Online Photo Diagnosis

Online Photo Diagnosis

By William Townsend, OD, FAAO


This 32 year-old male, a long-time contact lens wearer, presented for evaluation; his only complaint was reduced vision and a request for a new contact lens prescription. Presenting visual acuities with contact lenses were 20/20 OD and OS. Examination revealed well-centered lenses that moved with blinking. In the left eye, we noted what appeared be a u-shaped tear in the lens. However, when the patient blinked, the lesion did not move with the lens. This linear lesion was very thin, and it stained brightly after we instilled 2% sodium fluorescein.

The linear lesion remained after the contact lens was removed. Under higher magnification, we were able to visualize a very fine fiber embedded in the staining area. After removing the fiber with forceps, we carefully examined it and determined that it was a single strand; it was very straight, lacking any waves or curls, and probably was a synthetic material.

Patients present with numerous forms of contact lens-associated staining. The goals of treatment include pain management, prevention of infection, and healing. Contact lens-related abrasions have been associated with bacterial keratitis, particularly from Pseudomonas. These injuries should be treated with anti-pseudomonal topical antibiotics.1 Bandage contact lenses have gained great popularity as a therapeutic measure for corneal abrasions, often supplanting pressure patching as the treatment of choice. In a multinational study in 2013, Menghini et al compared pressure patching, bandage contact lenses, and ophthalmic antibiotic ointments for managing corneal abrasion. The primary endpoint was the difference in mean abrasion area at baseline, one day, and one week. They found no statistical difference in corneal abrasion area at any time point, and all the subjects had resolution of the abrasion after seven days.2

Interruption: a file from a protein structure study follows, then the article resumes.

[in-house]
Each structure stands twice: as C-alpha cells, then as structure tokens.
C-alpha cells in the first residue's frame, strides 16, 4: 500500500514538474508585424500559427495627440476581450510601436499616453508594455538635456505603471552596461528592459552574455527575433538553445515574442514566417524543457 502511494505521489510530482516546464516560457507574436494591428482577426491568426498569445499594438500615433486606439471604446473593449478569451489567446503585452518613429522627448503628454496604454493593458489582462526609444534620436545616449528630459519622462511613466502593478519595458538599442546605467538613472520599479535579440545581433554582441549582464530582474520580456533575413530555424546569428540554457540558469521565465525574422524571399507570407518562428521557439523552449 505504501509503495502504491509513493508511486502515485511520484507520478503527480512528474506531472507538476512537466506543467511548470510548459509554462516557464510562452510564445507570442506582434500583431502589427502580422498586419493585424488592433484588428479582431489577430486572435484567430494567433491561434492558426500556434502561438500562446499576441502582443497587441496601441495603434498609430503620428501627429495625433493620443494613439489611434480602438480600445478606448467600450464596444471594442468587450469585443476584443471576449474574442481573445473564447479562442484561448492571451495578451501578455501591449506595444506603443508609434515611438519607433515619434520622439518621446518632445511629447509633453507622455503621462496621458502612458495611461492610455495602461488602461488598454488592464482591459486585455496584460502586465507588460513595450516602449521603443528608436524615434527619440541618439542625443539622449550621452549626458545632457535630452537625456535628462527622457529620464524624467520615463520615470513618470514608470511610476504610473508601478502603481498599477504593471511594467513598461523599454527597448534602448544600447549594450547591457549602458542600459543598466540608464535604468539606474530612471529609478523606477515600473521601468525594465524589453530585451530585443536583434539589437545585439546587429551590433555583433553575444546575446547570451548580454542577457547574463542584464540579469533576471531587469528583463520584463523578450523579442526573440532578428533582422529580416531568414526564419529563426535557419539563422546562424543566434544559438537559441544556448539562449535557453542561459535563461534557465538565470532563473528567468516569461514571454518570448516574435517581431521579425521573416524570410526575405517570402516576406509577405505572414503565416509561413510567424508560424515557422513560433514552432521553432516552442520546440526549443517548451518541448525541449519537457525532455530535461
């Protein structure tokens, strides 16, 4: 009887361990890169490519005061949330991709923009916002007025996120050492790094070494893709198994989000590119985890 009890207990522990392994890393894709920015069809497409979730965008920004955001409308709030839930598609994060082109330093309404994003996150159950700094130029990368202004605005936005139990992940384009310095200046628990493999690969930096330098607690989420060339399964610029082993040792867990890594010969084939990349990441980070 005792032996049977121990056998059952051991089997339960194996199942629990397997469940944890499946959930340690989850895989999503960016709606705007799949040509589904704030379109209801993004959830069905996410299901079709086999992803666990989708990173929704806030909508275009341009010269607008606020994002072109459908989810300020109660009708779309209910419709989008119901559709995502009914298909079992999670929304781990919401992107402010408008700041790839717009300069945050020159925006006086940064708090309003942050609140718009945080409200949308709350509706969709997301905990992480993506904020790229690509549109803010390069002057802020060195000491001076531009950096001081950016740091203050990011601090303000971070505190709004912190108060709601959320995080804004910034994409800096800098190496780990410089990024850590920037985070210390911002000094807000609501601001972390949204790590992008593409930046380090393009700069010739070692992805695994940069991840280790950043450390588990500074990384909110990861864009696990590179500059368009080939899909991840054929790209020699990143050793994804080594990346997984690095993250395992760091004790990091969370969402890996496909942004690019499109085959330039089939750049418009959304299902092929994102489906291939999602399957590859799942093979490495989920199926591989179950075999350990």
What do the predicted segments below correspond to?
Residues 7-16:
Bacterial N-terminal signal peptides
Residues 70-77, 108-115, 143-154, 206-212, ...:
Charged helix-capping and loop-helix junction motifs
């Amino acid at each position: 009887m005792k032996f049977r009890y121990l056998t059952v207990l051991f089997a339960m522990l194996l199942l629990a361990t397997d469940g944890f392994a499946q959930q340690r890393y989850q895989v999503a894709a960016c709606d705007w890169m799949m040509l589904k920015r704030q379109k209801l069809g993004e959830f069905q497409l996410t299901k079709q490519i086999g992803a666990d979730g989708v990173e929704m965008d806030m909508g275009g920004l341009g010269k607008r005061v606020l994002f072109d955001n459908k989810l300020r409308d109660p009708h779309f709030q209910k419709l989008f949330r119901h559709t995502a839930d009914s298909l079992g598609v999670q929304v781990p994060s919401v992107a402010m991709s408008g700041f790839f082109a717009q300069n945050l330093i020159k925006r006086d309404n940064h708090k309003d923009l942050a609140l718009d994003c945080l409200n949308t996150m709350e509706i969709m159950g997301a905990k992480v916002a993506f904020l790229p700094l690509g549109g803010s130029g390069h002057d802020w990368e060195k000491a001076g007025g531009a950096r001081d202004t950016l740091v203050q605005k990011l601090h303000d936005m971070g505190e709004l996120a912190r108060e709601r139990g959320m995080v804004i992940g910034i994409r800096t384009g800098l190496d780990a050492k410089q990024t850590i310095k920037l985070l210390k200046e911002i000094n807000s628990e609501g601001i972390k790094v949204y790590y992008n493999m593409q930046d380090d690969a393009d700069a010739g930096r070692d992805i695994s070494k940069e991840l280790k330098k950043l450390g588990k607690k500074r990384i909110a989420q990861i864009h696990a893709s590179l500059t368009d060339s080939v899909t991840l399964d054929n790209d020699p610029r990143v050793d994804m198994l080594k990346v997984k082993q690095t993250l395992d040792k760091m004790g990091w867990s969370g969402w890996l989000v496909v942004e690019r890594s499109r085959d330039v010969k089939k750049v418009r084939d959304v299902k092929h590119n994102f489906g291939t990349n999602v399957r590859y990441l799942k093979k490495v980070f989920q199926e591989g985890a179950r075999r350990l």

In our case, the lesion was very shallow, more of an impression in the epithelium caused by compression between the posterior surface of the contact lens and the surface cells of the corneal epithelium. The lesion totally resolved without treatment within 24 hours.

Catania LJ. Management of corneal abrasions in an extended-wear patient population. Optom Clin. 1991;1(3):123–33.

Menghini M. et al. Treatment of traumatic corneal abrasions: a three-arm, prospective, randomized study. Ophthalmic Res. 2013;50:13–18